Examples of passages where an analytical tone is used
• An author stating that he feels something could happen in the future and providing reasons to justify why he feels in that manner
• An analysis of some event in the past-reasons given to explain a certain event, action etc. For example, the author could analyze why India won the last cricket match etc.
• The author comparing two or more things and justifying why he feels something is better
• Passages in which the pros and cons of a certain action are weighed. For example, should Company A acquire Company B? The decision needs to be analyzed and reasons given both for and against the issue.
The next article shall continue with the ‘tone of the passage’ and discuss certain other tones which often appear in the passages given in various exams.


The Tips

The tips for this question type let us explore what tone/attitude stands for. Every author adopts a certain attitude towards the issue he is talking about. Some wish to highlight the facts about a matter (thereby adopting a ‘factual’ tone); some wish to explore the pros and cons of a decision (thereby adopting a ‘critical’ tone); some wish to explore each and every facet, cause, effect and so on with regards to a certain topic (thereby adopting an ‘analytical’ tone); some wish to narrate an instance from their life (thereby adopting a ‘sentimental/narrative’ tone); some wish to express their emotions, happy or sad (thereby adopting ’emotional/happy/grief-stricken’ tones). These different reasons/methods of expressing themselves actually become the tone of the author. Now that you have a basic understanding of tones, the next step is: how do you identify these tones.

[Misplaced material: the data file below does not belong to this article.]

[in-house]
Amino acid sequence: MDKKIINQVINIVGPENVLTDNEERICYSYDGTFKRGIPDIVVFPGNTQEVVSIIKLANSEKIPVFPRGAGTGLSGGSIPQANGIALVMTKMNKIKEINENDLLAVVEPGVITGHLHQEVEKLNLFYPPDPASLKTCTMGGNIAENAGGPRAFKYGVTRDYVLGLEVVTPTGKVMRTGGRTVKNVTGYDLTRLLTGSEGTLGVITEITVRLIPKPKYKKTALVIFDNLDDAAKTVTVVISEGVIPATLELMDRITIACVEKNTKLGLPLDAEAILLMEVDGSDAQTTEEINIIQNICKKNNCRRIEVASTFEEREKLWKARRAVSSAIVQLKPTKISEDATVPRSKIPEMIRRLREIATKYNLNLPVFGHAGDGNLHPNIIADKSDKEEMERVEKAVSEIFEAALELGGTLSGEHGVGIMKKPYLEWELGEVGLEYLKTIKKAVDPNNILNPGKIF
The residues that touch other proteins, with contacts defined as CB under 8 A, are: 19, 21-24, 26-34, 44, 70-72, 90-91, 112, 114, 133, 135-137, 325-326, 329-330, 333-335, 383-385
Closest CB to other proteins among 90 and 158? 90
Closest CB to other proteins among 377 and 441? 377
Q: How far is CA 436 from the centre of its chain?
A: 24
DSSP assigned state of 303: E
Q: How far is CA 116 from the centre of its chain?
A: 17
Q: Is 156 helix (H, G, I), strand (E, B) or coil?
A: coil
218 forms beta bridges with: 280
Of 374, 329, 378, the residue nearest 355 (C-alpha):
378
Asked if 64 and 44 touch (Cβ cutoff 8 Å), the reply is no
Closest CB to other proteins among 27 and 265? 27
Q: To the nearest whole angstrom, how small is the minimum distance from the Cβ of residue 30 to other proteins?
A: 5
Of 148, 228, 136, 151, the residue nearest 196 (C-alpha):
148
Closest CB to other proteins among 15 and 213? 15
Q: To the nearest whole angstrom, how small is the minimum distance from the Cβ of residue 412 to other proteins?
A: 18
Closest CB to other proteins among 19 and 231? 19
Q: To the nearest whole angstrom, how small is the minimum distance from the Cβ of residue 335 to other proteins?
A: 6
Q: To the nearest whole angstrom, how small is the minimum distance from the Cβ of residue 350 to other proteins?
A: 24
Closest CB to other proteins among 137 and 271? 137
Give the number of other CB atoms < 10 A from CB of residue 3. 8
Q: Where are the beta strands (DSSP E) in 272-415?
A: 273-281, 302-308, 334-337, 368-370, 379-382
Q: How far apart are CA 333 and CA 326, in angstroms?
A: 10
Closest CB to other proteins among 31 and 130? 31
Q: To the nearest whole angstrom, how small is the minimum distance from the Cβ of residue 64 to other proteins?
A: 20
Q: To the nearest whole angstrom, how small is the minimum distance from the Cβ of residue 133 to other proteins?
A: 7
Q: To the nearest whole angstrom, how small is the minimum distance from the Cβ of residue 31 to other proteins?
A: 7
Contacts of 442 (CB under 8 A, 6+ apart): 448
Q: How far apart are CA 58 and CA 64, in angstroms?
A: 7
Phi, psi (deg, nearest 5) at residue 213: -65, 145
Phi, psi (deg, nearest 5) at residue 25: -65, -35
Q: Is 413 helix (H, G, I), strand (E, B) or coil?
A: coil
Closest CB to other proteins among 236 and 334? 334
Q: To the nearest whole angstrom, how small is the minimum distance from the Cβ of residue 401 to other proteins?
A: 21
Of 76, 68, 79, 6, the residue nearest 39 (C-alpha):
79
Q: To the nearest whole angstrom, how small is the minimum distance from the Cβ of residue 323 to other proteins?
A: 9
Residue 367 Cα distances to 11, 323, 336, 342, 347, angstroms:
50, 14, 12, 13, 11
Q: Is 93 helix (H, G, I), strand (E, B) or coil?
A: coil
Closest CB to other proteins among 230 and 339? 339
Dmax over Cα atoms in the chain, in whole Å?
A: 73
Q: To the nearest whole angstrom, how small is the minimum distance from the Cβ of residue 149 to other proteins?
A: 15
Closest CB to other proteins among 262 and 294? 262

Things to consider for the title question

  • Identify the nature of the passage